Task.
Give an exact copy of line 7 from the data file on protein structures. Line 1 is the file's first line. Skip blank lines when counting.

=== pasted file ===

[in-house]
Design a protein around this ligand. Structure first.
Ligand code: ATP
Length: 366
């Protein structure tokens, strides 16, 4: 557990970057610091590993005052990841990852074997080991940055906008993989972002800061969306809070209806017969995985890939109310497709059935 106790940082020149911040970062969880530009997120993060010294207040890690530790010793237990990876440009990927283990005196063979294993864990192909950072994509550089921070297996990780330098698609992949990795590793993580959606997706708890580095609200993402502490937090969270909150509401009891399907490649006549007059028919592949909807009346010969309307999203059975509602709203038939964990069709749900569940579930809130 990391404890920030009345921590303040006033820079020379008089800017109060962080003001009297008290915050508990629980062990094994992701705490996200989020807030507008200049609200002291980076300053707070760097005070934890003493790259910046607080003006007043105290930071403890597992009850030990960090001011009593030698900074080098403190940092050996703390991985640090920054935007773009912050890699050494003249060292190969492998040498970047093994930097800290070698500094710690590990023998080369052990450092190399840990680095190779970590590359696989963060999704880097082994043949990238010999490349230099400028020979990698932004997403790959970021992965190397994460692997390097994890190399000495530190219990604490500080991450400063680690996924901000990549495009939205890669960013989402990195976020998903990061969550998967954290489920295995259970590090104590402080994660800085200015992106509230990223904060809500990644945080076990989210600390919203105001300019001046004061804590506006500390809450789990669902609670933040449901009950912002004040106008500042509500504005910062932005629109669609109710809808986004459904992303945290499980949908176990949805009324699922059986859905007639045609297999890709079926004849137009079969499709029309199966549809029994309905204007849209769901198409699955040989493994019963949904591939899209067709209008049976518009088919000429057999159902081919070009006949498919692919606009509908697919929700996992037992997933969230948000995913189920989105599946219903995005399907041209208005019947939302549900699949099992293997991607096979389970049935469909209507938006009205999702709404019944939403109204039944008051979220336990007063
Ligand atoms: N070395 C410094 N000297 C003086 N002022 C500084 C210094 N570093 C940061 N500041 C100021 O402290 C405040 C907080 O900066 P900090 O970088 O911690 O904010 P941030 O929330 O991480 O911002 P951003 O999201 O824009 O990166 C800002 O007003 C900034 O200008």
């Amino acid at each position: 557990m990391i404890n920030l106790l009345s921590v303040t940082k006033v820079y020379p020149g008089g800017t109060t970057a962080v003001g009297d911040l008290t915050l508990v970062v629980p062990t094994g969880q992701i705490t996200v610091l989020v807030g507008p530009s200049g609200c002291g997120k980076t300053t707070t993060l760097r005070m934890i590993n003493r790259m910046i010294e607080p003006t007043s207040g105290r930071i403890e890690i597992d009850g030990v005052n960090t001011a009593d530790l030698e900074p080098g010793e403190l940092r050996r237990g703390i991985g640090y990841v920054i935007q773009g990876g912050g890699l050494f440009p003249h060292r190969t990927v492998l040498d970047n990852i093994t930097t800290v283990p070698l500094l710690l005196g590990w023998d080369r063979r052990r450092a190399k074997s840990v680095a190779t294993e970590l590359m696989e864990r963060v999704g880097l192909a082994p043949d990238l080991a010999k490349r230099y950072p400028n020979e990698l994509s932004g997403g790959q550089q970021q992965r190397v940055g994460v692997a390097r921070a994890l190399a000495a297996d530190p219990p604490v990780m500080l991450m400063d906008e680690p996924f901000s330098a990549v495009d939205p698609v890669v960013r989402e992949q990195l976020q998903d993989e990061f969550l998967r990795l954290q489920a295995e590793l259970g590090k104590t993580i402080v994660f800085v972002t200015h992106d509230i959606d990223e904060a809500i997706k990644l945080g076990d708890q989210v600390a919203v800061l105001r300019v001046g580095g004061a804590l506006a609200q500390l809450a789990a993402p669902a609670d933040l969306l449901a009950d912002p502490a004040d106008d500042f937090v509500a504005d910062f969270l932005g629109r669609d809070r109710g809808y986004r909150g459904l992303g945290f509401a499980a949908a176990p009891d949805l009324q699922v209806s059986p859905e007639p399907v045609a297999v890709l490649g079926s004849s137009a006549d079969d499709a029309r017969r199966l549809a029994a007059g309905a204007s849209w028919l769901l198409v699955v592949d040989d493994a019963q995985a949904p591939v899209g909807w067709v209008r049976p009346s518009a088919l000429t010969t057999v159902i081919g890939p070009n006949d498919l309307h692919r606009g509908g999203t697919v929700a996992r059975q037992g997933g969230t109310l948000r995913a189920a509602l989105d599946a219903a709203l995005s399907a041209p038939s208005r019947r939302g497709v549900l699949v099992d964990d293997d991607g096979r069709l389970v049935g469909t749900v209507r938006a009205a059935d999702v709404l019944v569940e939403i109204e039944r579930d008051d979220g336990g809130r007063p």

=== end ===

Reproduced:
């Amino acid at each position: 557990m990391i404890n920030l106790l009345s921590v303040t940082k006033v820079y020379p020149g008089g800017t109060t970057a962080v003001g009297d911040l008290t915050l508990v970062v629980p062990t094994g969880q992701i705490t996200v610091l989020v807030g507008p530009s200049g609200c002291g997120k980076t300053t707070t993060l760097r005070m934890i590993n003493r790259m910046i010294e607080p003006t007043s207040g105290r930071i403890e890690i597992d009850g030990v005052n960090t001011a009593d530790l030698e900074p080098g010793e403190l940092r050996r237990g703390i991985g640090y990841v920054i935007q773009g990876g912050g890699l050494f440009p003249h060292r190969t990927v492998l040498d970047n990852i093994t930097t800290v283990p070698l500094l710690l005196g590990w023998d080369r063979r052990r450092a190399k074997s840990v680095a190779t294993e970590l590359m696989e864990r963060v999704g880097l192909a082994p043949d990238l080991a010999k490349r230099y950072p400028n020979e990698l994509s932004g997403g790959q550089q970021q992965r190397v940055g994460v692997a390097r921070a994890l190399a000495a297996d530190p219990p604490v990780m500080l991450m400063d906008e680690p996924f901000s330098a990549v495009d939205p698609v890669v960013r989402e992949q990195l976020q998903d993989e990061f969550l998967r990795l954290q489920a295995e590793l259970g590090k104590t993580i402080v994660f800085v972002t200015h992106d509230i959606d990223e904060a809500i997706k990644l945080g076990d708890q989210v600390a919203v800061l105001r300019v001046g580095g004061a804590l506006a609200q500390l809450a789990a993402p669902a609670d933040l969306l449901a009950d912002p502490a004040d106008d500042f937090v509500a504005d910062f969270l932005g629109r669609d809070r109710g809808y986004r909150g459904l992303g945290f509401a499980a949908a176990p009891d949805l009324q699922v209806s059986p859905e007639p399907v045609a297999v890709l490649g079926s004849s137009a006549d079969d499709a029309r017969r199966l549809a029994a007059g309905a204007s849209w028919l769901l198409v699955v592949d040989d493994a019963q995985a949904p591939v899209g909807w067709v209008r049976p009346s518009a088919l000429t010969t057999v159902i081919g890939p070009n006949d498919l309307h692919r606009g509908g999203t697919v929700a996992r059975q037992g997933g969230t109310l948000r995913a189920a509602l989105d599946a219903a709203l995005s399907a041209p038939s208005r019947r939302g497709v549900l699949v099992d964990d293997d991607g096979r069709l389970v049935g469909t749900v209507r938006a009205a059935d999702v709404l019944v569940e939403i109204e039944r579930d008051d979220g336990g809130r007063p």